A Warning Letter Story

Normally here at Eye on FDA, warning and untitled letters are reviewed quarterly.  Sometimes, however, one stands out as somewhat extraordinary.  So it happens with a warning letter DDMAC issued last week regarding a DVD.

The DVD features an interview with Magic Johnson about his HIV treatment regimen.  Here is the text of the letter that recounts portions of the interview with which DDMAC takes issue. 


“[T]he most important thing is that I do manage my disease, and it enables me to then

do all the other things. You know, I make sure I take my meds, I make sure that I try

to get some form of exercise. It enables me to also be a businessman once I manage

my HIV.”

• “I started taking Kaletra over five years ago and it’s really been a great part of my

regimen….”

• In response to the question “What has your experience been on Kaletra?”, Magic

Johnson states: “I can still exercise, … I still work and have a long day in the office,

and I think that the medicine has really been good for me….”

• “Well the good thing is, Kaletra is a part of my regimen, and for five years I have been

undetectable, so I just hope that that continues.”

• In response to the question “How has having HIV changed your life?”, Magic Johnson

states: “You’re going to have the same good times. You’re going to, you know, go to

the movies … we just live a normal life …. You just take medicine. We still go out and

dance. We still have a good time, you know, we … take our kids to school …. It’s a

normal life … nothing really changes other than you’re taking medicine and you’re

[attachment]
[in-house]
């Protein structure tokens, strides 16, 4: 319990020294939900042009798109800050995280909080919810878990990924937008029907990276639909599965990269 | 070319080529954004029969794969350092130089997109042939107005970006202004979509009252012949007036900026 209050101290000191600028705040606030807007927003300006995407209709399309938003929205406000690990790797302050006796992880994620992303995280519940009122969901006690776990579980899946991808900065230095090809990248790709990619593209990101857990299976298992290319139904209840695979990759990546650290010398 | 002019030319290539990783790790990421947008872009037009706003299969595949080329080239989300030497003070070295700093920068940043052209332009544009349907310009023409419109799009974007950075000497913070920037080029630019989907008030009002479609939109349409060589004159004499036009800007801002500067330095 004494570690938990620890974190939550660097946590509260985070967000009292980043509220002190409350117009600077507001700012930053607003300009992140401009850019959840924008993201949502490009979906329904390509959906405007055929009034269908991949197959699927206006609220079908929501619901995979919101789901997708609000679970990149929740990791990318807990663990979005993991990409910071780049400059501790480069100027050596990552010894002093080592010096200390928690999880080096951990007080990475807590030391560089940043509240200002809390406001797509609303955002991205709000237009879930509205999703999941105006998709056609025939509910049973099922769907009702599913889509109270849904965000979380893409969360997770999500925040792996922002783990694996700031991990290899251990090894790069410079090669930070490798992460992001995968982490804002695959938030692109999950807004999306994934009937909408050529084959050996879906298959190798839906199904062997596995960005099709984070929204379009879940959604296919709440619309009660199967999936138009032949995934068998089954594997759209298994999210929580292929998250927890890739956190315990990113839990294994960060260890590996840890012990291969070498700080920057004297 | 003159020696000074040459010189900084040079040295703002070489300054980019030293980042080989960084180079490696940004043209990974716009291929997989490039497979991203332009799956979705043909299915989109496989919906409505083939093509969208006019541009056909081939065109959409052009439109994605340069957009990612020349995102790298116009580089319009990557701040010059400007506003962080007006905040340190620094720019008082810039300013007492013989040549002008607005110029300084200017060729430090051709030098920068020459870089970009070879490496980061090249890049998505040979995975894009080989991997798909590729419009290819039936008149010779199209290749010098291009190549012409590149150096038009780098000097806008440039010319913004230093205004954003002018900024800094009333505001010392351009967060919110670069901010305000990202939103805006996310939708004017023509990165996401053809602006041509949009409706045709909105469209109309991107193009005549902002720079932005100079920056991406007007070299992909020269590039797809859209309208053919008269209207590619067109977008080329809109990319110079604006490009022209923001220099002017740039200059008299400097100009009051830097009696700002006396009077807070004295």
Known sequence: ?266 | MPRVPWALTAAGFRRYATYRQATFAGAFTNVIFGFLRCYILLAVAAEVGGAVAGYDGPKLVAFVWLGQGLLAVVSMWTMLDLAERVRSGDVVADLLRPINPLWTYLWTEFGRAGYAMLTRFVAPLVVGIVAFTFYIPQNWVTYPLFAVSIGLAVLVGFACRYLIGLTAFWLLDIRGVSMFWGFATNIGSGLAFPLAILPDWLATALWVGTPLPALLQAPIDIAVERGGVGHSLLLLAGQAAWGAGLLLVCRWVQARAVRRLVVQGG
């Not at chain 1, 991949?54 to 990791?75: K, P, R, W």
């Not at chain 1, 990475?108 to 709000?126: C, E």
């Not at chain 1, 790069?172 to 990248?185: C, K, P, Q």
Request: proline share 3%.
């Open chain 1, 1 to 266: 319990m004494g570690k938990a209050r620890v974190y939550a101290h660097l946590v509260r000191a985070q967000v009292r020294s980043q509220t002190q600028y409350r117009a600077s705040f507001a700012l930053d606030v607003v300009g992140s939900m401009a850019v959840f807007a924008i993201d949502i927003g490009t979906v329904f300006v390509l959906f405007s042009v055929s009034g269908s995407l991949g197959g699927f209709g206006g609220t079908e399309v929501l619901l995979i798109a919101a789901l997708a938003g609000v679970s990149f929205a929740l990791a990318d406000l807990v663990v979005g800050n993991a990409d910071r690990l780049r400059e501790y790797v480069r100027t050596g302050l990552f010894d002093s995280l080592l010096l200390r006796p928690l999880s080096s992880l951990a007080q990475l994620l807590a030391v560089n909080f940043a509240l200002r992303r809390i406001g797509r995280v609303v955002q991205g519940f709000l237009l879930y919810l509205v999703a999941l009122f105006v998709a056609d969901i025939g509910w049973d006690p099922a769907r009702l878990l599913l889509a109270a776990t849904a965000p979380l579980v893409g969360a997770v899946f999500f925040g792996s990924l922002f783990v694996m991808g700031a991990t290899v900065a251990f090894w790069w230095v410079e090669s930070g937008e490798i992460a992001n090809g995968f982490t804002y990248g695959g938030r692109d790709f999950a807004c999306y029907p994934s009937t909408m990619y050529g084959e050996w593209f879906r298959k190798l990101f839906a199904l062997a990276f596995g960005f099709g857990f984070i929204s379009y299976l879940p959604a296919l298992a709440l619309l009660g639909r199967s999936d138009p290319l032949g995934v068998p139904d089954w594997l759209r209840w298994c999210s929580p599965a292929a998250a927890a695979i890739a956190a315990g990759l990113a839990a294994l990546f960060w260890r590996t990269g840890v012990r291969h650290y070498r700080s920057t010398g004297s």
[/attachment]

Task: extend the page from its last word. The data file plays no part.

managing your disease….”

And here is what DDMAC had to say about that:


While these statements may be an accurate reflection of Magic Johnson’s own experience,

as a treatment-experienced individual, with HIV and Kaletra, this promotional testimonial

suggests that Kaletra has been shown to allow all or most antiretroviral treatment experienced

individuals to successfully manage their disease and continue to do well, i.e.,

live a “normal life” while maintaining undetectable HIV-1 RNA levels, for five or more years.

FDA is not aware of substantial evidence or substantial clinical experience to support

effectiveness for five or more years of treatment with Kaletra in treatment-experienced adults.

The personal experience of a Kaletra patient such as Magic Johnson does not constitute

such evidence.

This was in spite of the fact that the sponsoring company had a statement that accompanied the video that stated that "individual results may vary" was insufficient to mitigate the claims that the FDA perceived in these statements.  The FDA felt that specific data to back up the statements made by Mr. Johnson about his experience was lacking. 

Technically, they may be right.  But really?  The FDA isn't aware of evidence that protease inhibitors have worked to stem the nauseating flow of mortality that the HIV epidemic wrought in the 1980s?  Really?  When I came to work at the Gay Men's Health Crisis in 1985, I was one of 18 employees.  There are about 5 of us left.  Today, thankfully, the mortality that became an ugly and every day reality then was crushed out of existence by the introduction of protease inhibitors in the late 1990s and has ever since.  Individual results do vary.  But come on, DDMAC.  Are you really unaware of the efficacy of this entire class of drugs?  You need a history lesson if that's the case. 

Individual results vary for penicillin too.  But hey, it works. 

DDMAC and the FDA might be better off if regulatory enforcement were more concentrated on areas of concern that present true public health hazards rather than actions that, while technically correct, are essentially fundamental hair-splitting.  There are enough real things to worry about without splitting hairs (and spending valuable resources) to find them. 

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